HL Deb 16 November 1976 vol 377 cc1136-45

12 Clause 2, page 5, line 14, after "with" insert "(a)".

13 Clause 2, page 5, line 15, after "unions" insert "and (b) other persons or organisations appearing to the Corporation to be representative of those of its employees or the employees of its wholly owned subsidiaries who are not members of a relevant trade union".

The Commons disagreed to these Amendments for the following Reasons:

14Because the Amendments unduly extend the duty to consult.


My Lords, I beg to move that this House doth not insist on their Amendments Nos. 12 and 13, to which the Commons hve disagreed for the Reason numbered 14. These Amendments cover very much the same point as℄I am sorry, is there something wrong? The noble Lord, Lord Carr, is looking concerned. May I give way.


I thought that we were dealing with Amendment No. 12 and that when it came to Amendment No. 13, it was for me to move it. It is not that I am so keen to move it, but I think I am right in interpreting your Lordships' custom in saying that whoever moves has the right of reply at the end, and nobody else. I was anxious to retain that right to move Amendment No. 13.


My Lords, I stand corrected by the noble Lord and I shall certainly confine myself to Amendment No. 12 and the Commons Reason numbered 14 to disagree with that, and wait with eager anticipation to hear what the noble Lord, Lord Carr, has to say on Amendment No. 13.

This Amendment covers grounds very similar to those which we have just discussed on Amendment No. 10 and in the Government's view the Amendment would undermine the position of independent and recognised trade unions by giving to organisations appearing for the Corporation to be representative the same right to be consulted on industrial democracy, which we believe should be confined to unions which meet the criteria for indepenence established by recent legislation and which are recognised by the two Corporations. Once again the approach followed by this Amendment runs contrary to the Government's general policy and we have made it clear repeatedly that we regard independent and recognised unions as the organisations best suited to represent the interests of all employees. For these reasons, once again I hope that noble Lords will not persist in their Amendments. I beg to move.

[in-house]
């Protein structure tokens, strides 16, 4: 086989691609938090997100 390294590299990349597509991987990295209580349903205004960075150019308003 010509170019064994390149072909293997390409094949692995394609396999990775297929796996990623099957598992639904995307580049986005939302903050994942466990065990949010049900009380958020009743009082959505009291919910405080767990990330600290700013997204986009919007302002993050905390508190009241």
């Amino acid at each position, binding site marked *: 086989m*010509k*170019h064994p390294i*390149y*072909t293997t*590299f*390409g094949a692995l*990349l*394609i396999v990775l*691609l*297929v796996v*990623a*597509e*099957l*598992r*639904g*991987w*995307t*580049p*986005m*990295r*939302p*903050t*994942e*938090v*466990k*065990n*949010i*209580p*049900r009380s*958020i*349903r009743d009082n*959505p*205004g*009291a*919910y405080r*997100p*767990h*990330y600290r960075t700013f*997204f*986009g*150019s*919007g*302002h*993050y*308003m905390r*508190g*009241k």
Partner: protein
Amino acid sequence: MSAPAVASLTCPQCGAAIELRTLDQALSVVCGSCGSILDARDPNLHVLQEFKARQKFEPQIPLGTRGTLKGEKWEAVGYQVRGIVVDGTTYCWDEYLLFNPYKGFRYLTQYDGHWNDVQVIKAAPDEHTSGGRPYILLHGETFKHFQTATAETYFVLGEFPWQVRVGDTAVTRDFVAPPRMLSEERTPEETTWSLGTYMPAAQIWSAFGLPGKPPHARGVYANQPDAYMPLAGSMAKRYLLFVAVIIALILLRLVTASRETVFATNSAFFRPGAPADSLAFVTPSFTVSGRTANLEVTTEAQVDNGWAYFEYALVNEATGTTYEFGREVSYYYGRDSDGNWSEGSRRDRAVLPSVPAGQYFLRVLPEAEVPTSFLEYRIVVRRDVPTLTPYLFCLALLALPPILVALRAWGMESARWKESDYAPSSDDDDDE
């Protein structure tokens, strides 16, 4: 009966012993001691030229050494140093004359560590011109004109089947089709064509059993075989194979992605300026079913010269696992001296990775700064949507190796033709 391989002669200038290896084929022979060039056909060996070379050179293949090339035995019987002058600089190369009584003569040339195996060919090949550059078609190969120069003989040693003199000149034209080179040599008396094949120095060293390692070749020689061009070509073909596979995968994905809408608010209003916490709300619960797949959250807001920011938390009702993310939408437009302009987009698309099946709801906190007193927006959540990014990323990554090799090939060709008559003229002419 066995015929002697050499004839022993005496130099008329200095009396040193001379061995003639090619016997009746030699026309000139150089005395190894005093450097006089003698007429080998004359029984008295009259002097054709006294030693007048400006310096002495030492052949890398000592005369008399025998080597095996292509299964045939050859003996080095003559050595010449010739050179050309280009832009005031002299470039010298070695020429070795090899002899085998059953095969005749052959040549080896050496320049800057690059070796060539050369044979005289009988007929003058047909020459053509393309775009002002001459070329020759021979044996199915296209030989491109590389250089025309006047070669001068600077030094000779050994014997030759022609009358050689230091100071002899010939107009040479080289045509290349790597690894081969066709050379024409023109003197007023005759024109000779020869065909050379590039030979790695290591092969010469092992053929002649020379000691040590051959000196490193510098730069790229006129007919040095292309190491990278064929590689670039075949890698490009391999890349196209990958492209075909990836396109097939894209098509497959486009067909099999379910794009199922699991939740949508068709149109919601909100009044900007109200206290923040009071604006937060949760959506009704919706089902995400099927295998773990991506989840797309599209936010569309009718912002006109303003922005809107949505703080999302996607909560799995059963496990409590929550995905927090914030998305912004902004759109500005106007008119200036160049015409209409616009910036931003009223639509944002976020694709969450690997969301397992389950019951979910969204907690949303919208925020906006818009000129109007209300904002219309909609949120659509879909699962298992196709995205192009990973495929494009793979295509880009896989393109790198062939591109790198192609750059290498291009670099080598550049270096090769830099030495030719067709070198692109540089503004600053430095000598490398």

Moved, That the House doth not insist on the said Amendment (No. 12), to which the Commons have disagreed for the Reason numbered 14.℄(Lord Melchett.)

On Question, Motion agreed to.


My Lords, I beg to move that this House doth not insist on their Amendment No. 13, but doth propose the following Amendment in lieu thereof: In page 5, line 15, after ("unions") insert ("and any other independent trade union as defined in section 30(1) of the Trade Union and Labour Relations Act 1974 which appears to the Corporation to represent a substantial proportion of its employees or of those of its wholly-owned subsidiaries"). What we are suggesting here is that, as well as the relevant trades unions, there should be consultation with any other independent trade union as defined in Section 30(1) of the Trade Union and Labour Relations Act 1974 which appears to the Corporation to represent a substantial proportion of its employees or of those of its wholly-owned subsidiaries. While voicing our protest about Amendment No. 10 we decided not to seek to resist that or to replace our original Amendment with another one at that point, because we felt, in view of the comments made in another place, and the decisions of the other place, that it might be more appropriate to move this Amendment where we are now doing it, in page 5, line 15, of the Bill, in the terms to which I have just referred. We believe that in moving this new Amendment we are seeking substantially to go towards the views expressed in the other place.